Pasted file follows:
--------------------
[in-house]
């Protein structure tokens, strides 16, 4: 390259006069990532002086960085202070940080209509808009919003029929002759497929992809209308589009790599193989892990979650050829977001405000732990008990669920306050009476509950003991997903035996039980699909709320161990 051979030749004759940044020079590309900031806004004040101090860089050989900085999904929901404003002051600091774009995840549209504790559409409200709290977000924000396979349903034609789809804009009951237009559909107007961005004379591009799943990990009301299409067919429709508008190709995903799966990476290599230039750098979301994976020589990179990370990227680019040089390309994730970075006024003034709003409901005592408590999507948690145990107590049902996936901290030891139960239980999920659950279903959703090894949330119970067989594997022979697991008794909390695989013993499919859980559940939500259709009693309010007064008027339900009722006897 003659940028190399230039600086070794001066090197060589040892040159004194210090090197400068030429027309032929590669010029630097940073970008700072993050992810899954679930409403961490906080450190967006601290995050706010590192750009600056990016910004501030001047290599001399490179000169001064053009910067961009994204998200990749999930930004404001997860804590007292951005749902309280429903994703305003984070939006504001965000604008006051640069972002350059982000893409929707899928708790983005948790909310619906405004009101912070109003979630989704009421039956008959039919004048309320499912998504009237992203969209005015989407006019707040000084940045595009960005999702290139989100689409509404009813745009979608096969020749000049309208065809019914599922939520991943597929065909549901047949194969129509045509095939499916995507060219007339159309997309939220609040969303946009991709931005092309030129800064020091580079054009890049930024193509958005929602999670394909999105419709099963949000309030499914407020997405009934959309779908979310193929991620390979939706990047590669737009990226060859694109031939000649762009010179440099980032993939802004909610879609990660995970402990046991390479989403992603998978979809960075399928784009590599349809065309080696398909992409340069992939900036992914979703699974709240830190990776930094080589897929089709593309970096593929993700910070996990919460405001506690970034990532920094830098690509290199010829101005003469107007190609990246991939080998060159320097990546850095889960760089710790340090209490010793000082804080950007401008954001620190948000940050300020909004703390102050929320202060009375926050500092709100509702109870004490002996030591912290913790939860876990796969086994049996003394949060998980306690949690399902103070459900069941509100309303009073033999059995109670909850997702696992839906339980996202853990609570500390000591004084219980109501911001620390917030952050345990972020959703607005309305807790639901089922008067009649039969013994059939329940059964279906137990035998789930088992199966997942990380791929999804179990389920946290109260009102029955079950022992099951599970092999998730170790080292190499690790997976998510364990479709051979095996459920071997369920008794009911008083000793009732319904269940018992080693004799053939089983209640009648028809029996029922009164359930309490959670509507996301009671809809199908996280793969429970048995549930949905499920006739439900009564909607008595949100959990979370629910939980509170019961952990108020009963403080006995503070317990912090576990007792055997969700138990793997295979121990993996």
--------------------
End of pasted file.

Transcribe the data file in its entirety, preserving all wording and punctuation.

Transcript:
[in-house]
């Protein structure tokens, strides 16, 4: 390259006069990532002086960085202070940080209509808009919003029929002759497929992809209308589009790599193989892990979650050829977001405000732990008990669920306050009476509950003991997903035996039980699909709320161990 051979030749004759940044020079590309900031806004004040101090860089050989900085999904929901404003002051600091774009995840549209504790559409409200709290977000924000396979349903034609789809804009009951237009559909107007961005004379591009799943990990009301299409067919429709508008190709995903799966990476290599230039750098979301994976020589990179990370990227680019040089390309994730970075006024003034709003409901005592408590999507948690145990107590049902996936901290030891139960239980999920659950279903959703090894949330119970067989594997022979697991008794909390695989013993499919859980559940939500259709009693309010007064008027339900009722006897 003659940028190399230039600086070794001066090197060589040892040159004194210090090197400068030429027309032929590669010029630097940073970008700072993050992810899954679930409403961490906080450190967006601290995050706010590192750009600056990016910004501030001047290599001399490179000169001064053009910067961009994204998200990749999930930004404001997860804590007292951005749902309280429903994703305003984070939006504001965000604008006051640069972002350059982000893409929707899928708790983005948790909310619906405004009101912070109003979630989704009421039956008959039919004048309320499912998504009237992203969209005015989407006019707040000084940045595009960005999702290139989100689409509404009813745009979608096969020749000049309208065809019914599922939520991943597929065909549901047949194969129509045509095939499916995507060219007339159309997309939220609040969303946009991709931005092309030129800064020091580079054009890049930024193509958005929602999670394909999105419709099963949000309030499914407020997405009934959309779908979310193929991620390979939706990047590669737009990226060859694109031939000649762009010179440099980032993939802004909610879609990660995970402990046991390479989403992603998978979809960075399928784009590599349809065309080696398909992409340069992939900036992914979703699974709240830190990776930094080589897929089709593309970096593929993700910070996990919460405001506690970034990532920094830098690509290199010829101005003469107007190609990246991939080998060159320097990546850095889960760089710790340090209490010793000082804080950007401008954001620190948000940050300020909004703390102050929320202060009375926050500092709100509702109870004490002996030591912290913790939860876990796969086994049996003394949060998980306690949690399902103070459900069941509100309303009073033999059995109670909850997702696992839906339980996202853990609570500390000591004084219980109501911001620390917030952050345990972020959703607005309305807790639901089922008067009649039969013994059939329940059964279906137990035998789930088992199966997942990380791929999804179990389920946290109260009102029955079950022992099951599970092999998730170790080292190499690790997976998510364990479709051979095996459920071997369920008794009911008083000793009732319904269940018992080693004799053939089983209640009648028809029996029922009164359930309490959670509507996301009671809809199908996280793969429970048995549930949905499920006739439900009564909607008595949100959990979370629910939980509170019961952990108020009963403080006995503070317990912090576990007792055997969700138990793997295979121990993996």